Does God care who wins the game? According to a recent survey, plenty of American fans think so. The Public Religion Research Institute found that a quarter of fans said that they had prayed to God for a favorable outcome to a game. Add in those who practice some personal ritual in the hope that it affects events on the field, and the percentage of fans who believe that supernatural forces play a part in sporting events comes to one-half. There is nothing weird about this. Throughout history and across cultures, people have believed that sport and the supernatural are intertwined. From the Greek Olympians to the muscular Christians, athletes and spectators have seen sport as a way to demonstrate piety and communicate with the divine.
Theologian Lincoln Harvey says this is wrong. The attempts to give our games a larger purpose–whether religious or political–undermine the foundation of what sport is. In his book, A Brief Theology of Sport (SMC Press, 2014), Lincoln proposes that the essence of playing and watching sport is rooted in the Christian teaching that humans are contingent creatures. God didn't have to create people. He wanted to. Humans are therefore unnecessary, in a cosmic sense. According to Lincoln, we should then view our games as a celebration–even a liturgy–of our unnecessary but meaningful existence. When we attach corporate logos, nationalist chest-thumping, and even church-outreach programs, we become spoilsports. Countering centuries of church teaching, which either condemned athletics or sought to use it as an instrument, Lincoln argues that sport should be celebrated–simply in itself.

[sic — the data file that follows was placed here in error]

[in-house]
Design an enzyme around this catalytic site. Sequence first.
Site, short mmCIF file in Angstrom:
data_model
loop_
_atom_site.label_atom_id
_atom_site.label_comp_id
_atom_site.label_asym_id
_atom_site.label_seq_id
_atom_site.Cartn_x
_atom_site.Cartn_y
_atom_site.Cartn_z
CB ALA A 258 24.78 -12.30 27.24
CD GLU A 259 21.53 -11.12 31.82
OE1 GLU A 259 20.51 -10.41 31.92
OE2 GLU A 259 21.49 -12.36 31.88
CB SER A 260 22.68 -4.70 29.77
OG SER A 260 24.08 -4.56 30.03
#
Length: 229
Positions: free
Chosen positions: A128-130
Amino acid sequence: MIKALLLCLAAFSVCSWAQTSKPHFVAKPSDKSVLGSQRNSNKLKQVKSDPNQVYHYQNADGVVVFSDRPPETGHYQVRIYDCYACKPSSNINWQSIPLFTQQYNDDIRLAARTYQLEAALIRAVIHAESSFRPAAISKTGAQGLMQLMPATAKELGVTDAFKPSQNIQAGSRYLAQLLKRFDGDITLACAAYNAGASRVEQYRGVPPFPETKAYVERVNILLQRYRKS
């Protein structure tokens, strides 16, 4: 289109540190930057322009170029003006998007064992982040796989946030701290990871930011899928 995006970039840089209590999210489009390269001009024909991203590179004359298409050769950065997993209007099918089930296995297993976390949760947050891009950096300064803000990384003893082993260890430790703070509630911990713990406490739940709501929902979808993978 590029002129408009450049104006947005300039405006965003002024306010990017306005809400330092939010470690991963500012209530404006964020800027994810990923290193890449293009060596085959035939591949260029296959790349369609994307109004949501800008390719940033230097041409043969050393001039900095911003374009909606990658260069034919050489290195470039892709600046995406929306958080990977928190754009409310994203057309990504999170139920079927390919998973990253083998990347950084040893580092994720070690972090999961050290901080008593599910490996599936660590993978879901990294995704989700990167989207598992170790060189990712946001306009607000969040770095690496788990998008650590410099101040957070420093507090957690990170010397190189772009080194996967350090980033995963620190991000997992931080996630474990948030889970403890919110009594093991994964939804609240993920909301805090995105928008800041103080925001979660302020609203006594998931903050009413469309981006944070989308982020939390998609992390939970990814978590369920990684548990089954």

Lincoln doesn't answer that other great theological question: Will there be golf in heaven? But he is confident that there will be a stadium.
And starting later this year, you'll be able to read the work of Lincoln Harvey and other recent New Books in Sports guests on the online journal The Allrounder. Visit the preview site for more on this new take on global sport.